Demonstrate that diffusion takes place in liquids by allowing lead nitrate and potassium iodide to form lead iodide as they diffuse towards each other in this practical
In this experiment, students place colourless crystals of lead nitrate and potassium iodide at opposite sides of a Petri dish of deionised water. As these substances dissolve and diffuse towards each other, students can observe clouds of yellow lead iodide forming, demonstrating that diffusion has taken place.
This practical activity takes around 30 minutes.
- Eye protection
- Petri dish
- White tile or piece of white paper
- Lead nitrate (TOXIC, DANGEROUS FOR THE ENVIRONMENT), 1 crystal
- Potassium iodide, 1 crystal
- Deionised water
To reduce the use of toxic chemicals in this experiment you can conduct the experiment in microscale, using drops of water on a laminated sheet, find full instructions and video here, and/or use a less toxic salt than lead nitrate, eg sodium carbonate and barium chloride. More information is available from CLEAPSS.
Health, safety and technical notes
- Read our standard health and safety guidance.
- Wear eye protection throughout.
- Lead nitrate, Pb(NO3)2(s), (TOXIC, DANGEROUS FOR THE ENVIRONMENT) – see CLEAPSS Hazcard HC057a.
- Potassium iodide, KI(s) – see CLEAPSS Hazcard HC047b.
- Place a Petri dish on a white tile or piece of white paper. Fill it nearly to the top with deionised water.
- Using forceps, place a crystal of lead nitrate at one side of the petri dish and a crystal of potassium iodide at the other.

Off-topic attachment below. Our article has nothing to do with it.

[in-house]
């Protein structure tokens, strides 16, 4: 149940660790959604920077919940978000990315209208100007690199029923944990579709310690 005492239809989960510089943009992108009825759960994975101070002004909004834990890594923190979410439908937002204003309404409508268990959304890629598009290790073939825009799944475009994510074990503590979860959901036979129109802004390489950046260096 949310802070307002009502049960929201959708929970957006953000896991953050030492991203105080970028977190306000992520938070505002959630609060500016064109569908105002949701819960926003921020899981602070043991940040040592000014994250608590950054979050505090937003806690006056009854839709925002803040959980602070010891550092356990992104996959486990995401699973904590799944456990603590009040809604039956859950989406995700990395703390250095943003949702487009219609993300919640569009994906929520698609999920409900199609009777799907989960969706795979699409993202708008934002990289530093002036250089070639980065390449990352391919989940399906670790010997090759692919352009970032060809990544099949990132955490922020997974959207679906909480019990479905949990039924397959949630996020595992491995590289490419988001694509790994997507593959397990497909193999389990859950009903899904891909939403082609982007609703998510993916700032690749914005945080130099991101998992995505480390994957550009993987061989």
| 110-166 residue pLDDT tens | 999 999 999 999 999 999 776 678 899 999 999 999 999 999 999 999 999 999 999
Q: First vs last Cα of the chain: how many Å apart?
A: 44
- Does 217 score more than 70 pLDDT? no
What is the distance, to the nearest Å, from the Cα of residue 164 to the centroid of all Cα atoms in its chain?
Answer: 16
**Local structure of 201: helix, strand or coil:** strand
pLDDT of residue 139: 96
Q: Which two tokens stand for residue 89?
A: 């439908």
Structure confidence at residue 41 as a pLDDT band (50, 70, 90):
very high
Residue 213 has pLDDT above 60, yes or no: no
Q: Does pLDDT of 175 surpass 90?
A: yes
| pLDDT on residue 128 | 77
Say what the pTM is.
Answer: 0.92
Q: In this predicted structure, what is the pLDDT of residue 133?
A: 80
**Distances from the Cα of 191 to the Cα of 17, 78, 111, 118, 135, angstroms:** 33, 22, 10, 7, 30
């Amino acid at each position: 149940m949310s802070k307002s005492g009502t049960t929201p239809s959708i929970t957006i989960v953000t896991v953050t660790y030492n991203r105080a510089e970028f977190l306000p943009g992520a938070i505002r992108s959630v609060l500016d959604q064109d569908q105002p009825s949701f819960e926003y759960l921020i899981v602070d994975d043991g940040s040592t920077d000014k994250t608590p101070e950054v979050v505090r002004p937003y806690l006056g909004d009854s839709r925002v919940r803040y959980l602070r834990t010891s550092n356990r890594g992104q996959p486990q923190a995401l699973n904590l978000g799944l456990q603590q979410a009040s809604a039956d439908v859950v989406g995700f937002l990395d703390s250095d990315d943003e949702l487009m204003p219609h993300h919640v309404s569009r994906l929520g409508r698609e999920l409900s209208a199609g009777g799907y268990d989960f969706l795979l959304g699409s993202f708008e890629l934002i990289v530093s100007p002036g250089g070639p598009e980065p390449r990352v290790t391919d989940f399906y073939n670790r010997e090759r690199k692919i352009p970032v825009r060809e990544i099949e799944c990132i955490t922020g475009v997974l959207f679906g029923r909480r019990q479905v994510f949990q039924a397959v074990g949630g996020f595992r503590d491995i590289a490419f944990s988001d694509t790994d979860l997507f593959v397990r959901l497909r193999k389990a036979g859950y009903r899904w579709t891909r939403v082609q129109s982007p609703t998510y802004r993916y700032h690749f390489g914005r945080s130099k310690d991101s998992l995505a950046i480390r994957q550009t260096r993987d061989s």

- Observe as the crystals begin to dissolve and a new compound is formed between them.
The lead nitrate and potassium iodide each dissolve and begin to diffuse through the water. When the lead ions and iodide ions meet they react to form solid yellow lead iodide which precipitates out of solution.
lead nitrate + potassium iodide → lead iodide + potassium nitrate
Pb(aq) + 2I–(aq) → PbI2(s)
The precipitate does not form exactly between the two crystals. This is because the lead ion is heavier and diffuses more slowly through the liquid than the iodide ion.
Another experiment – a teacher demonstration providing an example of a solid–solid reaction – involves the same reaction but in the solid state.
This is a resource from the Practical Chemistry project, developed by the Nuffield Foundation and the Royal Society of Chemistry. This collection of over 200 practical activities demonstrates a wide range of chemical concepts and processes. Each activity contains comprehensive information for teachers and technicians, including full technical notes and step-by-step procedures. Practical Chemistry activities accompany Practical Physics and Practical Biology.
The experiment is also part of the Royal Society of Chemistry’s Continuing Professional Development course: Chemistry for non-specialists.
© Nuffield Foundation and the Royal Society of Chemistry